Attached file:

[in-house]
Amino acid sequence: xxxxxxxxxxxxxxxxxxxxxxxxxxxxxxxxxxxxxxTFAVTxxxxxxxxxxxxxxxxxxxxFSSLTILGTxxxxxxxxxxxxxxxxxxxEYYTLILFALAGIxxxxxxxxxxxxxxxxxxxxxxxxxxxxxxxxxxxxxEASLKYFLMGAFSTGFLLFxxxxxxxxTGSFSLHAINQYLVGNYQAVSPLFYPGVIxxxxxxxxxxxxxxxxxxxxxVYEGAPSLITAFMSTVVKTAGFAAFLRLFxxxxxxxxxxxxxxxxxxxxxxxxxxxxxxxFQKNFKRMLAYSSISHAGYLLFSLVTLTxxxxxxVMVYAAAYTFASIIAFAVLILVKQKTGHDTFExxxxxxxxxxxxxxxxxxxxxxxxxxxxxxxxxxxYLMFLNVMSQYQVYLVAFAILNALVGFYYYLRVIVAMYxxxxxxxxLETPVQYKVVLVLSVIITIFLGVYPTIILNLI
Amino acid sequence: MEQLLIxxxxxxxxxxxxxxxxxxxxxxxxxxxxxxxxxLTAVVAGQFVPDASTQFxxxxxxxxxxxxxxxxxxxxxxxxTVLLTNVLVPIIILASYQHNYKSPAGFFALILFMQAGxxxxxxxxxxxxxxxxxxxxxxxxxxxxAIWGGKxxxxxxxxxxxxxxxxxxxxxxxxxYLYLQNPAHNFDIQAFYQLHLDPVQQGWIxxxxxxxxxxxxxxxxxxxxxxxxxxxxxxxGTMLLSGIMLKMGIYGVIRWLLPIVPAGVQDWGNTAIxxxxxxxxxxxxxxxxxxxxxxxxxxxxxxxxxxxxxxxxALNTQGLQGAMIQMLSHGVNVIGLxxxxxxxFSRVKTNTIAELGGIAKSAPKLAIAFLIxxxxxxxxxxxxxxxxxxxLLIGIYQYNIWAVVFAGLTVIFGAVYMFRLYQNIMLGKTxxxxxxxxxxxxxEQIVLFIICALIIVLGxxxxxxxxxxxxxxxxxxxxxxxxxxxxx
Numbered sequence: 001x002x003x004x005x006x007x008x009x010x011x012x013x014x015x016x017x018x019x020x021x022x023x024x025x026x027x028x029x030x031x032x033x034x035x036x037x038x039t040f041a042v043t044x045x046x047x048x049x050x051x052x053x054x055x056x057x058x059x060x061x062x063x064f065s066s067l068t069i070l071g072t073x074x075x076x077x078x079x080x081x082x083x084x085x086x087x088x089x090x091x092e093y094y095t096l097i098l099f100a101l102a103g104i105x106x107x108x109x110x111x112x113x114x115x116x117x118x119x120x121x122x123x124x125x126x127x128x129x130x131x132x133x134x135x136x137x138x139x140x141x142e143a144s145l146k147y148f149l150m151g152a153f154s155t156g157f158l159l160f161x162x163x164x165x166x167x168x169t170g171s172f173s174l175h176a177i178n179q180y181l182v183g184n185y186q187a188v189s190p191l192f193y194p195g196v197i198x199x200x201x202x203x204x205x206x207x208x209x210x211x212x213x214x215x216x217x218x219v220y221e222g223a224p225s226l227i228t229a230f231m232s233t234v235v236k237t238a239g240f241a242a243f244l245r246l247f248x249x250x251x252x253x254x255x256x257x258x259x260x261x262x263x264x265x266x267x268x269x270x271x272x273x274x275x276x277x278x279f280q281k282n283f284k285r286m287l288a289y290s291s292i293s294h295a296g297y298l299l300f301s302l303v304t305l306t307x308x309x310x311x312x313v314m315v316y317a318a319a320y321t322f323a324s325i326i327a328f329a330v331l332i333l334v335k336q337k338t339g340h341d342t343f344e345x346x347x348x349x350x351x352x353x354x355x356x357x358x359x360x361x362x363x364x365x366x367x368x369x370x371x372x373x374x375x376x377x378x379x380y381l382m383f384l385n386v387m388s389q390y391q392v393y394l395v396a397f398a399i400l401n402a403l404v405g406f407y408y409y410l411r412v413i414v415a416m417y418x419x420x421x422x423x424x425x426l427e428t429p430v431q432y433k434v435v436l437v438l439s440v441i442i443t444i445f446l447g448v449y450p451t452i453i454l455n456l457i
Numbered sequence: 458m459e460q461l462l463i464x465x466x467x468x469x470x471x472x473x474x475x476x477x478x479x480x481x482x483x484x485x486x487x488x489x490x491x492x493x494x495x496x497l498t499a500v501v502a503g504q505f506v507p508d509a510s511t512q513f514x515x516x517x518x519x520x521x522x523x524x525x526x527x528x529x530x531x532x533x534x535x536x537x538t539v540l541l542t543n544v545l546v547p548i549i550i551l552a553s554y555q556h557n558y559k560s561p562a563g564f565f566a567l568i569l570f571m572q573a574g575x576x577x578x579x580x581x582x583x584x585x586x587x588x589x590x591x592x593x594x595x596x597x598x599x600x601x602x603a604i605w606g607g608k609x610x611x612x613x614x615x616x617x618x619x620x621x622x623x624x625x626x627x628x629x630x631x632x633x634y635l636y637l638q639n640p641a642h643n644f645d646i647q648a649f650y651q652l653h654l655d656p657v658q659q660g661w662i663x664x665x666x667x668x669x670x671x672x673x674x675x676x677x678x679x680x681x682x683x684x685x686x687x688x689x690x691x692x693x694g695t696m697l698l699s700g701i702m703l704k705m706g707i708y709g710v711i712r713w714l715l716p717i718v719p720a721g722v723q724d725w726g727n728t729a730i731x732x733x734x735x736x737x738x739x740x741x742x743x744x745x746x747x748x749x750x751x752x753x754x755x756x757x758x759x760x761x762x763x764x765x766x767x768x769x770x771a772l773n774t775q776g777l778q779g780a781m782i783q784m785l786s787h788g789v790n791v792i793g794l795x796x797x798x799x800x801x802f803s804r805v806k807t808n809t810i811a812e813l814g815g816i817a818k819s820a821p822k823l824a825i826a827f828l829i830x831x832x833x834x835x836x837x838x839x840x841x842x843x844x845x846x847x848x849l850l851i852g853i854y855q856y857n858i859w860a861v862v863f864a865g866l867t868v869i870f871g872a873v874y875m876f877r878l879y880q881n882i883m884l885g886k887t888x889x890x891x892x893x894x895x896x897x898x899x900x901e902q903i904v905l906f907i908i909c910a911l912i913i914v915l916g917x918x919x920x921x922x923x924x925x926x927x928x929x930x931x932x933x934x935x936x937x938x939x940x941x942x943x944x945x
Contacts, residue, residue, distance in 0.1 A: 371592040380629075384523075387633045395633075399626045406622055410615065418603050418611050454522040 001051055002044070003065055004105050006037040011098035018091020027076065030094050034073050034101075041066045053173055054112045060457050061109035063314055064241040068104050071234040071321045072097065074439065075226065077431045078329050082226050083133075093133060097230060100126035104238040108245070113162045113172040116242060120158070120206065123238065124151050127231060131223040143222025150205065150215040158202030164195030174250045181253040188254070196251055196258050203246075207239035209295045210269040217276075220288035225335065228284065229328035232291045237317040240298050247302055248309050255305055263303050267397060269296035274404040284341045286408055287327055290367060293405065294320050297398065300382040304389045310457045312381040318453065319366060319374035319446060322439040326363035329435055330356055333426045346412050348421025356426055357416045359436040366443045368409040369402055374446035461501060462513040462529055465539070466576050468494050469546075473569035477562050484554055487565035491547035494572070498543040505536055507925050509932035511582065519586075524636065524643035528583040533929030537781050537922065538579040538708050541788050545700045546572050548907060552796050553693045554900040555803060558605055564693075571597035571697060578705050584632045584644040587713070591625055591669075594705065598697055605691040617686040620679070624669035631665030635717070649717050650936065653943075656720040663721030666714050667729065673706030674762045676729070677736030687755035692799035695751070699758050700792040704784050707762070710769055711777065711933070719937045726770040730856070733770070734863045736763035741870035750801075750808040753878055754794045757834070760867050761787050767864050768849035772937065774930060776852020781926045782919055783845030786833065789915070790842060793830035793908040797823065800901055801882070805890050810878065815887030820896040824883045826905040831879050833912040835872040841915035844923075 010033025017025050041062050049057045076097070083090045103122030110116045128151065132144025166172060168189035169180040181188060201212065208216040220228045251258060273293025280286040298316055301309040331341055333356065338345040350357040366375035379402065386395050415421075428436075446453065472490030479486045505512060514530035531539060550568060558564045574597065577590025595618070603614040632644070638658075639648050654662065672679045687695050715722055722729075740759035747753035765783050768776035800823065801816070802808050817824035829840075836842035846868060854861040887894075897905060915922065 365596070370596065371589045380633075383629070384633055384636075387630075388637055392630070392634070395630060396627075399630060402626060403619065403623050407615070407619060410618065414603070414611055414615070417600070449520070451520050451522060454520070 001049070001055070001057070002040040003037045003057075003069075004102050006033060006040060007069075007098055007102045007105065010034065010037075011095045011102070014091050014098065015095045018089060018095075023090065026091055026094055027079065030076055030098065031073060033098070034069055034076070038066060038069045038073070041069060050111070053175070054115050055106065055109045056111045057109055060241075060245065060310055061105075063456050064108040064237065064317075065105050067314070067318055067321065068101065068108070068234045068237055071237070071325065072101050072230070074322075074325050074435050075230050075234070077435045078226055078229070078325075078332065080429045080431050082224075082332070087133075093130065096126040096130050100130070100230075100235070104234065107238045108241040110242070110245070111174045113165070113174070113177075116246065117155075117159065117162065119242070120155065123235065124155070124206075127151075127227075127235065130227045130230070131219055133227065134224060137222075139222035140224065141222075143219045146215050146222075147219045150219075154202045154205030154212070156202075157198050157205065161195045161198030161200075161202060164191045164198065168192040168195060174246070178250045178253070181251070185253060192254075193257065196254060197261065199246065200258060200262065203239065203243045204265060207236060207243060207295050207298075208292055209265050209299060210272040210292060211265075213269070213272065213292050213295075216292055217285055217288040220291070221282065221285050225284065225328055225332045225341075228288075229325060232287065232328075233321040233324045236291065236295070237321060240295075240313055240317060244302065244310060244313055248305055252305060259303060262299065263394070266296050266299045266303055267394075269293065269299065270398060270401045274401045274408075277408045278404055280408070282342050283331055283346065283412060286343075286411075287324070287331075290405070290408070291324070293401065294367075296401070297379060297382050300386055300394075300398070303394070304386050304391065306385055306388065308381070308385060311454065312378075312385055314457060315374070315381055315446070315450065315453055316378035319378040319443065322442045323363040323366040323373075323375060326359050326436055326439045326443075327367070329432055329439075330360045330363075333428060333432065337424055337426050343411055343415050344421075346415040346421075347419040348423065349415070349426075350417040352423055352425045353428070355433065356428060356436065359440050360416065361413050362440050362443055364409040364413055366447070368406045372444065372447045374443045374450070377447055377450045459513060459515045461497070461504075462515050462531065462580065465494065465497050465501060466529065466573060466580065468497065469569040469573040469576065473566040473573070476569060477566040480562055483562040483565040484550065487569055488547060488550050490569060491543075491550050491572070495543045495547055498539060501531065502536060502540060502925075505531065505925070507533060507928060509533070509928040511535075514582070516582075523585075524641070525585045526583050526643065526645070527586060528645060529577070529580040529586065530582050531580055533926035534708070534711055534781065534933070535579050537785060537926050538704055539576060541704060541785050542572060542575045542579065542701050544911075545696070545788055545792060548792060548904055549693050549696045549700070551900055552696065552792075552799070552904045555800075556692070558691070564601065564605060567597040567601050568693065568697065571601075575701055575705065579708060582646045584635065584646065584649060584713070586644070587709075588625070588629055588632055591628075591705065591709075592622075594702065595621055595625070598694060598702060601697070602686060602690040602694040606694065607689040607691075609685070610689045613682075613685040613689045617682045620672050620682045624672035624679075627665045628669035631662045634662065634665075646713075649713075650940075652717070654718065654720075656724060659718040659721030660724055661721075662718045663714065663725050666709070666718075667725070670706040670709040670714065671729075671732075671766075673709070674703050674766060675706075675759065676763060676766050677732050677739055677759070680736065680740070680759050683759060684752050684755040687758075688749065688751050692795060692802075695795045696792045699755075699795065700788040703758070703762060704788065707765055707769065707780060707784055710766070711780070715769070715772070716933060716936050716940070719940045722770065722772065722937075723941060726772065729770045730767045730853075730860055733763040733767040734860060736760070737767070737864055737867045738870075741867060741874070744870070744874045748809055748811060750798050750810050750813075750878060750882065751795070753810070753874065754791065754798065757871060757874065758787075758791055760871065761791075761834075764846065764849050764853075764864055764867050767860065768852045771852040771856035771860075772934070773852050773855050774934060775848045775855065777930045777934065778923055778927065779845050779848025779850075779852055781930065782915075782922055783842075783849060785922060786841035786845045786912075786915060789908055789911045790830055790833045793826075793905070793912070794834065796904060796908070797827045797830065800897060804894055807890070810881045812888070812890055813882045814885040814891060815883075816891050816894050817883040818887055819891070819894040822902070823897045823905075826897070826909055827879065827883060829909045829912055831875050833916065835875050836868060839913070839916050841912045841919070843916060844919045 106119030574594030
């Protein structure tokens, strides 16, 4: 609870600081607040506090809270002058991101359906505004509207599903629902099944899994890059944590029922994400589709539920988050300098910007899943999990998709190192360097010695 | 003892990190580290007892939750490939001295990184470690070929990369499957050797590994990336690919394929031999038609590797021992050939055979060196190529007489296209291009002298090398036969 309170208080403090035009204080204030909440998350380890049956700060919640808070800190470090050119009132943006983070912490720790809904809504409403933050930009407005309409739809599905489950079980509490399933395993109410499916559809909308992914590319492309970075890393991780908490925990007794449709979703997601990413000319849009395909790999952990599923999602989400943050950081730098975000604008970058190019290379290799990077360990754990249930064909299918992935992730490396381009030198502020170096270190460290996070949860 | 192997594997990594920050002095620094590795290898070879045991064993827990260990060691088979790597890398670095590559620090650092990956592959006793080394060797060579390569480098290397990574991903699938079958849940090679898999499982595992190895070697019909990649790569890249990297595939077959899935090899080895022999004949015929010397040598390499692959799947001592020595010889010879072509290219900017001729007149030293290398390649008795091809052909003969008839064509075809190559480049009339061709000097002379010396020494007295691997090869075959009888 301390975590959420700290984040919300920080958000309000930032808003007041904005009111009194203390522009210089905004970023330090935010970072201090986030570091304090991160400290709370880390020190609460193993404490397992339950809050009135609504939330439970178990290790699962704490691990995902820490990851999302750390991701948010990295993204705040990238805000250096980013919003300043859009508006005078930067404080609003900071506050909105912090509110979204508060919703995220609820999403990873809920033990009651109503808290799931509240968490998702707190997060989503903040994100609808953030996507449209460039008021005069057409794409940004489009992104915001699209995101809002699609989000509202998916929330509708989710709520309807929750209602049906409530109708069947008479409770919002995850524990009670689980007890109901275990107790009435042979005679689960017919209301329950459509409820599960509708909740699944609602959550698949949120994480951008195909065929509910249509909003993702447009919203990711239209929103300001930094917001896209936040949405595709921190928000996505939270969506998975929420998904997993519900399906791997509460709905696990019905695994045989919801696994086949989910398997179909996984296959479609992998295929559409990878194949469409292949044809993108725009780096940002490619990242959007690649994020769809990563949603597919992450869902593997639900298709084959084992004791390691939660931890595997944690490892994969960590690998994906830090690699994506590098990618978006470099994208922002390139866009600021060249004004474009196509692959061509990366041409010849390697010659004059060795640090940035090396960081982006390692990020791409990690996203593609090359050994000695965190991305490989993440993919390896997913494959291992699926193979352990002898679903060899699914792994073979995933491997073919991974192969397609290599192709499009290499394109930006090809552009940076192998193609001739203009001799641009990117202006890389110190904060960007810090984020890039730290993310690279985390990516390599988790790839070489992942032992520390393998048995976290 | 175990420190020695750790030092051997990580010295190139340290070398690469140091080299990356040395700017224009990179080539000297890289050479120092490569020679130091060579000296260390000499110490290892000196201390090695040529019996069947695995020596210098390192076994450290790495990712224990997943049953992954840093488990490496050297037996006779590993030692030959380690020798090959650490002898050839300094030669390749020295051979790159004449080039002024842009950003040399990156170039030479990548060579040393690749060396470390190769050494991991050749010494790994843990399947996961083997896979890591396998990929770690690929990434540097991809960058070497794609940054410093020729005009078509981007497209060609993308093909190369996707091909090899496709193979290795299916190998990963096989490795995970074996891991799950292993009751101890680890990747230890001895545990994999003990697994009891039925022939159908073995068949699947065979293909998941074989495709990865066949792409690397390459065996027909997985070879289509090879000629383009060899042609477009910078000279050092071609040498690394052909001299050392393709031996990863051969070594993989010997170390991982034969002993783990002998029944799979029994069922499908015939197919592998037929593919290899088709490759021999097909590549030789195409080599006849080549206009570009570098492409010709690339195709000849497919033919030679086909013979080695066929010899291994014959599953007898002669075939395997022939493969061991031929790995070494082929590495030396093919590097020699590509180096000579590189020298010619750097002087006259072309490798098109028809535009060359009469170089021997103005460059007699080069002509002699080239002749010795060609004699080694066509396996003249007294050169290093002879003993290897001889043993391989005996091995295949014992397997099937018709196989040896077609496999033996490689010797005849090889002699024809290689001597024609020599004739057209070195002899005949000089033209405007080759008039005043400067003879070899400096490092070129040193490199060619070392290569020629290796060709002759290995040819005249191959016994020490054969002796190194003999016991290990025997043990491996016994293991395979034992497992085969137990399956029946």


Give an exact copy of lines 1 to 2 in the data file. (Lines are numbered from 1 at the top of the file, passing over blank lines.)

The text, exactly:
[in-house]
Amino acid sequence: xxxxxxxxxxxxxxxxxxxxxxxxxxxxxxxxxxxxxxTFAVTxxxxxxxxxxxxxxxxxxxxFSSLTILGTxxxxxxxxxxxxxxxxxxxEYYTLILFALAGIxxxxxxxxxxxxxxxxxxxxxxxxxxxxxxxxxxxxxEASLKYFLMGAFSTGFLLFxxxxxxxxTGSFSLHAINQYLVGNYQAVSPLFYPGVIxxxxxxxxxxxxxxxxxxxxxVYEGAPSLITAFMSTVVKTAGFAAFLRLFxxxxxxxxxxxxxxxxxxxxxxxxxxxxxxxFQKNFKRMLAYSSISHAGYLLFSLVTLTxxxxxxVMVYAAAYTFASIIAFAVLILVKQKTGHDTFExxxxxxxxxxxxxxxxxxxxxxxxxxxxxxxxxxxYLMFLNVMSQYQVYLVAFAILNALVGFYYYLRVIVAMYxxxxxxxxLETPVQYKVVLVLSVIITIFLGVYPTIILNLI